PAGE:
Saddam’s problem was not that he tortured and murdered thousands of his people, gassed and bombed the Kurds and made war with Iran, but that he invaded Kuwait and now refuses to toe the American line. As Rahul Mahajan, author and Green Party candidate for Governor of Texas points out, “The Bush administration wants a war…replacing Saddam with a U.S.-friendly dictator who will make deals with American companies and follow American dictates.”

On any given day, U.S. troops are in 140 countries around the world with permanent bases in more than half of those. This is the reality of the so called war on terror, a war that will never end, until every country bows to the might of the United States.

* A lot of this material was lifted shamelessly from John Pilger’s excellent new book ‘The New Rulers of the World’ published by Verso. Essential reading.

* Campaign Against Sanctions on Iraq have produced a booklet giving twelve suggested actions for twelve years of sanctions 0845 330 4520 www.casi.org.uk

* A doctor from Oxford has begun withholding 7% of her tax bill in protest against sanctions on Iraq and instead donating the amount which would usually go to the military to the UK charity Medical Aid for Iraqi Children.

* 24 August: Citizen’s Inspection at Welford US munitions store to highlight the hypocrisy of US demands for arms inspections. Meet 10 am Reading station. 0118 966 8328 readingpeacegroup@hotmail.com

* Sellafield Peace Camp 29-31 August The Sellafield site is implicitly involved in the nuclear weapons industry. 0773 2928780

* Don’t Attack Iraq demonstration Saturday 28 September. 12noon Speaker’s Corner, Hyde Park, Central London CND 020 7700 2393 www.cnd.org.uk

* Two ships carrying rejected MOX fuel from Japan are due to arrive in the UK at the end of the month. A nuclear-free flotilla is going to sail out to greet it, and a protest is being organised in Barrow-on-Furness. Info: fgod@hotpop.com www.nuclearfreeflotilla.org

Crap Arrest of the Week

For travelling in the same car!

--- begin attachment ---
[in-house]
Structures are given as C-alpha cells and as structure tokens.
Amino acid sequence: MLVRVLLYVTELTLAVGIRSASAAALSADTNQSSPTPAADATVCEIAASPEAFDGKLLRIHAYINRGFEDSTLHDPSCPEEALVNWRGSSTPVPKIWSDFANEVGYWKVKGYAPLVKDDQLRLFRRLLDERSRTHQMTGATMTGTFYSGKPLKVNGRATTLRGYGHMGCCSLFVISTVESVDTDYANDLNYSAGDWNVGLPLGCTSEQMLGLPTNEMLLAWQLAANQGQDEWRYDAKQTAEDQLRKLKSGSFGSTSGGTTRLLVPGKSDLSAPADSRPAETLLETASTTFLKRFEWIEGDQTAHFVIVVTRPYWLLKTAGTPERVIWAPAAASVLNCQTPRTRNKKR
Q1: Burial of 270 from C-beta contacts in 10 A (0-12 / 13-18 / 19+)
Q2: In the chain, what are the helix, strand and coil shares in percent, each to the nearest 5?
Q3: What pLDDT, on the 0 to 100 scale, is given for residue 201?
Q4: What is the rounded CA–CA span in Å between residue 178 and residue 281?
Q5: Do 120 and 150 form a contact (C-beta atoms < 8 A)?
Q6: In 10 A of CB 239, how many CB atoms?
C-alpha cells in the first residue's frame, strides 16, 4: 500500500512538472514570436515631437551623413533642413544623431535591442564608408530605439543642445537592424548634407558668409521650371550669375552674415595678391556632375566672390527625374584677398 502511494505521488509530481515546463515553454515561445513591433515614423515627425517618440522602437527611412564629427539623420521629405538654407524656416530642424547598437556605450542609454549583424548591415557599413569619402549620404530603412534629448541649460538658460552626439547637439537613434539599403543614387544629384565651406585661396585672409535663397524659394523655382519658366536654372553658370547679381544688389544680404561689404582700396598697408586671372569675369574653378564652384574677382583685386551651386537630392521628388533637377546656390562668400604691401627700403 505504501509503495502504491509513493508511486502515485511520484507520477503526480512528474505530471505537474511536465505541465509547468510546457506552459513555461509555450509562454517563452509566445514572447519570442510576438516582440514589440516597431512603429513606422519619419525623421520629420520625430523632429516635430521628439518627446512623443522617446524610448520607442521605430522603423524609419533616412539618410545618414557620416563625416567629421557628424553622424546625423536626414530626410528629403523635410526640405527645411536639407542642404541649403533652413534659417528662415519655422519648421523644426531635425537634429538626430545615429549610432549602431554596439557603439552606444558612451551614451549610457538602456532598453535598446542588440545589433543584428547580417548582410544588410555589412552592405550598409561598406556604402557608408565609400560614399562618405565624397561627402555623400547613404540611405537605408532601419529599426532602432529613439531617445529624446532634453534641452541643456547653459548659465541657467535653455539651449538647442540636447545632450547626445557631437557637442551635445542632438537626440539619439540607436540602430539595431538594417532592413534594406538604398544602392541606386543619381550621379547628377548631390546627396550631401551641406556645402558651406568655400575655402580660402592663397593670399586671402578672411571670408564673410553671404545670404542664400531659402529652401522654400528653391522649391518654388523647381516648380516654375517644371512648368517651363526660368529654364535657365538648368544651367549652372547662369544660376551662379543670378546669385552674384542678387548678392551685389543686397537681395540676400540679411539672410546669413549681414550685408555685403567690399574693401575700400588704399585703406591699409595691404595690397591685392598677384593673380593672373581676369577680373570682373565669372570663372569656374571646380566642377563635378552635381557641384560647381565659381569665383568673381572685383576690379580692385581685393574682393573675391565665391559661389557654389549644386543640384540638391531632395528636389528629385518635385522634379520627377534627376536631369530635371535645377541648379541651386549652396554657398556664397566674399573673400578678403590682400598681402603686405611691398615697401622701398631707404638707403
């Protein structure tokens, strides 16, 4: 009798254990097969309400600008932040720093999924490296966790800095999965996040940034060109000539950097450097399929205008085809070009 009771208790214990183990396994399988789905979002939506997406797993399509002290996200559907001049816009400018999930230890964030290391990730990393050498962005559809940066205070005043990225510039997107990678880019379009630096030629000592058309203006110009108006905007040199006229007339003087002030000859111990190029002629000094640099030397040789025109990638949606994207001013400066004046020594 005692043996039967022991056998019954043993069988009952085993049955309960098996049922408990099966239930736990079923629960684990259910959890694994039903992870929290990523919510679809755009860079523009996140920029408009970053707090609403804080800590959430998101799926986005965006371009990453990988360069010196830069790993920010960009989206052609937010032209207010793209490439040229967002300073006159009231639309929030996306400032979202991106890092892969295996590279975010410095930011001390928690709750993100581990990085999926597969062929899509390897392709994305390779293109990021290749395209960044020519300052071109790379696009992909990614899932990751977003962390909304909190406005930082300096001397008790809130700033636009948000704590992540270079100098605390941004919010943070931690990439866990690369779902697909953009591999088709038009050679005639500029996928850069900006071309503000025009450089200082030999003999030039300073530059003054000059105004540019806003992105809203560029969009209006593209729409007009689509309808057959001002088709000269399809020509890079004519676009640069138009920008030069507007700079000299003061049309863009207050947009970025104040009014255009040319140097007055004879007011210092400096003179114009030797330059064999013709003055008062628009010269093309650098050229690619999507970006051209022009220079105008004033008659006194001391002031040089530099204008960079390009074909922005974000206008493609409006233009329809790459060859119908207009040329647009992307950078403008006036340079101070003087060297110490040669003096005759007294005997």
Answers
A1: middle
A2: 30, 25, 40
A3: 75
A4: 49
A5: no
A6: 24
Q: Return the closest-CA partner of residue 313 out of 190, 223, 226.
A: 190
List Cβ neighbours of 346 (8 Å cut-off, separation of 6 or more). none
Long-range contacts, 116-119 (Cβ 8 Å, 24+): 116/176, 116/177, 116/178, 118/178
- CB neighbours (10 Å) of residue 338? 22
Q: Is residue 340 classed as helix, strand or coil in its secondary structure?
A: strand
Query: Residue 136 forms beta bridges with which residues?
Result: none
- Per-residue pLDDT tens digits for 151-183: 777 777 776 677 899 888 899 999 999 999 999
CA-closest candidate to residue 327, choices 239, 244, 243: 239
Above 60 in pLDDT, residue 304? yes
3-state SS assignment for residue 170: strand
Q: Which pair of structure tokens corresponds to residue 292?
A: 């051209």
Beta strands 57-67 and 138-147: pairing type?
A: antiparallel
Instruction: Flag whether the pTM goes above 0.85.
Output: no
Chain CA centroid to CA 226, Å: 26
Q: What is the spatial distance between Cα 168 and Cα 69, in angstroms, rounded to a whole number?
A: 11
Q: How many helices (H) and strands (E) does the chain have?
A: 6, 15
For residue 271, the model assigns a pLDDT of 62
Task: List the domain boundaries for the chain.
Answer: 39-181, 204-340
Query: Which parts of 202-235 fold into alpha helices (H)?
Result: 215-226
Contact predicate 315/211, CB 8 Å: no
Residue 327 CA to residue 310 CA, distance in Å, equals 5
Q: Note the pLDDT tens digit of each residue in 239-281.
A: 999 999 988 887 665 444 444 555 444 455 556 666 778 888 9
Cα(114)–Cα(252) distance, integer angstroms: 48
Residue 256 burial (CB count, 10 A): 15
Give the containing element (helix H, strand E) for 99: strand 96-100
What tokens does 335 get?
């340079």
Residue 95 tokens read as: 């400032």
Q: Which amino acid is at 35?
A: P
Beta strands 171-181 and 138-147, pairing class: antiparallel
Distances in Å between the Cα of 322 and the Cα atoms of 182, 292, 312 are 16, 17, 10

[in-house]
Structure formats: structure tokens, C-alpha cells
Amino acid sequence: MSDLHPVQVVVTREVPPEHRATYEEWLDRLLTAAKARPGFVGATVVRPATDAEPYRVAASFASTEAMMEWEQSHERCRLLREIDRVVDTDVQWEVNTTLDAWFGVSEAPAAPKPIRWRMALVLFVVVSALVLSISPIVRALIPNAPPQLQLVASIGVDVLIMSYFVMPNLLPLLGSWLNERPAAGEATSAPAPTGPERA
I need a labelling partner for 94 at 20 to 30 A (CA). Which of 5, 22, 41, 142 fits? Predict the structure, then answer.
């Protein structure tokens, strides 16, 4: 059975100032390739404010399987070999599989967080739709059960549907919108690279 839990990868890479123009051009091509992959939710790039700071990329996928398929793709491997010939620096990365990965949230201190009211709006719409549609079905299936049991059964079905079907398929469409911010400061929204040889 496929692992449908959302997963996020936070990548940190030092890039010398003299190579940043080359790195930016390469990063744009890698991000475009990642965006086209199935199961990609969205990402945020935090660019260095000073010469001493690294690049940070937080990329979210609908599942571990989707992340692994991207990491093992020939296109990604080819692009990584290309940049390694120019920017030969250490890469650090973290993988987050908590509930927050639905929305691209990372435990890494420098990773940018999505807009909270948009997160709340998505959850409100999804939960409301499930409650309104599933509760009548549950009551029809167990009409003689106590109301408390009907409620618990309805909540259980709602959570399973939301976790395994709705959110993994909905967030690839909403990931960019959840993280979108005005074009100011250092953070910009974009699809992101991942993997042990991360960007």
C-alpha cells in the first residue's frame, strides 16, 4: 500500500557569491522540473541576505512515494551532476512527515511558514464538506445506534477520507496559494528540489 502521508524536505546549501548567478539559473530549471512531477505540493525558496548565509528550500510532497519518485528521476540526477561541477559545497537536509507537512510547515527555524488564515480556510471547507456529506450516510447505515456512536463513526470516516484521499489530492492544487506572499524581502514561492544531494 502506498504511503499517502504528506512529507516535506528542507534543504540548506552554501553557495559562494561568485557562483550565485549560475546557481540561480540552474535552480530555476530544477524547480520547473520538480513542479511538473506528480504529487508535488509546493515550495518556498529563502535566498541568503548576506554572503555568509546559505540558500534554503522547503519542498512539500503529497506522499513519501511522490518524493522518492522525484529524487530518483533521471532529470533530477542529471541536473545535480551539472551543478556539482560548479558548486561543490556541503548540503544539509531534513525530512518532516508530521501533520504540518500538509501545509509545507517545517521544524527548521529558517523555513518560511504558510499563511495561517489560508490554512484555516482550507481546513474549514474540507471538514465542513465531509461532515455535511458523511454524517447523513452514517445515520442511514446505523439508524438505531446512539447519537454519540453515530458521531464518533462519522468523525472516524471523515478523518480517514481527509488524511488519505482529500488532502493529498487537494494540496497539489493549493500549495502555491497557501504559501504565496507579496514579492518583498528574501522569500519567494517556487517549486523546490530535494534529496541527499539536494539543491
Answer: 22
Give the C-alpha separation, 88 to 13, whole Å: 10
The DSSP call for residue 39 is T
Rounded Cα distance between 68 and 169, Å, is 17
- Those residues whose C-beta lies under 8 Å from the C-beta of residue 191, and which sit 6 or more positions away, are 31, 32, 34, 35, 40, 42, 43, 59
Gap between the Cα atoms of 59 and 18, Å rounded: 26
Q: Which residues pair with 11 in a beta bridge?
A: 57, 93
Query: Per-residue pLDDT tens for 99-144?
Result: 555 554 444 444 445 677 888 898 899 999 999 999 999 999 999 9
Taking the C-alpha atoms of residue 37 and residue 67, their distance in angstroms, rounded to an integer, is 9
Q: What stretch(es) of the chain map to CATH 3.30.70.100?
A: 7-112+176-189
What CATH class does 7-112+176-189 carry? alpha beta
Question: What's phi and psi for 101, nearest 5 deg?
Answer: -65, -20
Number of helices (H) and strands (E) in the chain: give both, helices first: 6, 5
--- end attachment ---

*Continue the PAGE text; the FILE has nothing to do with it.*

In Iran the Basiji (the Islamic police force) routinely stop cars playing forbidden Western music, and if unmarried women are found in the company of men, they are arrested and charged with moral corruption! Single women can be subjected to humiliating virginity tests, and if they fail they are given the option of marrying their companion or being flogged for having extramarital sex. www.hambastegi.org


In an astonishing victory for the residents of San Salvador Atenco, the Mexican government last week confirmed that they were abandoning plans to build a new international airport smack on top of the small farming community just outside of Mexico City. The whole saga began last autumn when Mexican President Vicente Fox’s government approved plans to build a six-runway, $2.3 billion airport that would gobble up much of San Salvador Atenco’s farming land. In October, a federal ruling offered villagers a mere 40 pence a square yard for the land - the land that served as the farmers’ main source of food, income, and security. The residents of Atenco and the surrounding villages quickly dismissed this slap-in-the-face offer, and immediate protests and marches were organised. Over the next 9 months, farmers mobilised themselves with few results - but things began to change on Thursday, July 11th, when a demo was organised to protest an official government announcement affirming the airport plans. Farmers travelling in a peaceful caravan to the demo were attacked by police with clubs, tear gas, and live ammunition. Thirty protesters were injured, fifteen arrested, and five hospitalised—one of whom, Jose Enrique Espinoza Juarez, died in hospital two weeks later.

This brutal show of force inspired supporters in nearby Atenco to take immediate and radical direct action. Over the next few days, five police squad cars were burnt and used along with other seized vehicles (including some Coca-Cola trucks!) to block the nearby national highway. Thirteen government and police officials were taken hostage, and the Atenco farmers used these hostages as bargaining tools in their struggle with the authorities. On July 14, the last hostages were released in return for the release of all arrested farm workers. It has taken the government another three weeks to cancel plans for the airport altogether, but with last week’s announcement; the Atenco workers’ victory became certain.